DENVER - There's a "backstory" behind every piece of artwork, and every historical artifact. History Colorado and the Denver Art Museum are trying to showcase that in a brand new exhibit that opens on Saturday.
The exhibit -- a rare one, considering two museums are working together -- has a bunch of Western American Art, and gives each piece a bit more context. The exhibition tells a chronological history of the American West.
These are nine of the coolest pieces we found when we went to check it out.
And if you want to see the exhibit yourself, you'll find Backstory: Western American Art in Context at History Colorado.
1. This compass...
...used to plot out where city streets would go in Denver back in the early 1860s, when Native Americans were living in the same place.
2. These paper advertisements...
...teasing free land and free homes in Colorado, from 1890, in an offer to lure people here. How things change in 127 years... Another ad, from 1864, is for "Indian fighters." You were promised whatever land you took from Native Americans. Both of these signs were published at the same time that compass was being used to map out Denver.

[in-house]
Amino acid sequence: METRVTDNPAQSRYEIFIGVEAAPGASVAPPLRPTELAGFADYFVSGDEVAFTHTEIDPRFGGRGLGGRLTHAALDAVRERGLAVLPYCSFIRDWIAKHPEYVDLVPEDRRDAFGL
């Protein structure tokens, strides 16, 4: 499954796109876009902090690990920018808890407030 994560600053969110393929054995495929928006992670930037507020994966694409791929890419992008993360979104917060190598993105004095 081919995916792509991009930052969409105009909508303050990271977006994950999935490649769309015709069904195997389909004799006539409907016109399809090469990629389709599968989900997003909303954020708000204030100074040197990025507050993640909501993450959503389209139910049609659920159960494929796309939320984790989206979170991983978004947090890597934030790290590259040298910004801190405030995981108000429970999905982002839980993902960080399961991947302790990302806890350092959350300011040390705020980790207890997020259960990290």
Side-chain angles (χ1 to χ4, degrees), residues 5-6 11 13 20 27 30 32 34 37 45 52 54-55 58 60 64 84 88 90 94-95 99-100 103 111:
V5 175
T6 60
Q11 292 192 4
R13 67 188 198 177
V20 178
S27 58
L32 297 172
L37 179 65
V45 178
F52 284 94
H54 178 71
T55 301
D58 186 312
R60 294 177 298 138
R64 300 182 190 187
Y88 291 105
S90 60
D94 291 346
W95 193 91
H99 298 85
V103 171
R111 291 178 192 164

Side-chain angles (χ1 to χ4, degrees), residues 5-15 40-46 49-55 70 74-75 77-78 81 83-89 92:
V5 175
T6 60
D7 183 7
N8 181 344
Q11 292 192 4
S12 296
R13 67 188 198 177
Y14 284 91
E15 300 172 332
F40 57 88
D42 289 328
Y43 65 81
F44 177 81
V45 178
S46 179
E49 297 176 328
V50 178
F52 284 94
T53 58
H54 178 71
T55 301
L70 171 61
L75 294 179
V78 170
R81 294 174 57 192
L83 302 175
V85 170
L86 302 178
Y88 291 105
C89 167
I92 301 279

3. This telescope belonging to Lewis and Clark...
...circa 1800. The label introduces it: "Meriwether Lewis and William Clark got their first look at the West through the lens of this telescope." It's on loan from the Denver Museum of Nature and Science.
4. This saddle...
Antonio Cipriano Gutierrez and his family used this saddle for generations on their cattle and sheep ranches in New Mexico and southern Colorado. The family is credited with giving Trinidad, Colorado, its name. The saddle features tapaderos, a protective covering of the rider’s foot common on vaquero, or Spanish cowboy, saddles. Note the many repairs, including a seat repair made using part of a cowboy boot.
5. These Stetson hats...
John B. Stetson introduced the first western-style hat in 1865. One of the hats in the exhibition belonged to Colorado Governor Dan Thornton.
6. This ad showing people how cool Colorado is
The exhibit curators tell us this photo was staged around the time of the gold rush to make Colorado life look more awesome.
7. This cowboy jacket with a retro vibe
It's a Rockmount shirt. Jack Weil founded the Denver-based company, still in business today. Rockmount is known for their western-style shirts and button snaps.
8. These Civil War coats...
...that remind us the fight we had with our uncle on Facebook yesterday wasn't the lowest point in American history. These coats of both Confederate and Union soldiers, both from 1864-5. They are made of wool and have brass buttons.
9. This painting that is sooo Colorado
It's called Estes Park, Long's Peak. The artist, Albert Bierstadt, painted an exaggerated scene with higher mountain tops, stormy clouds and a lake that isn't really there, the curators said.
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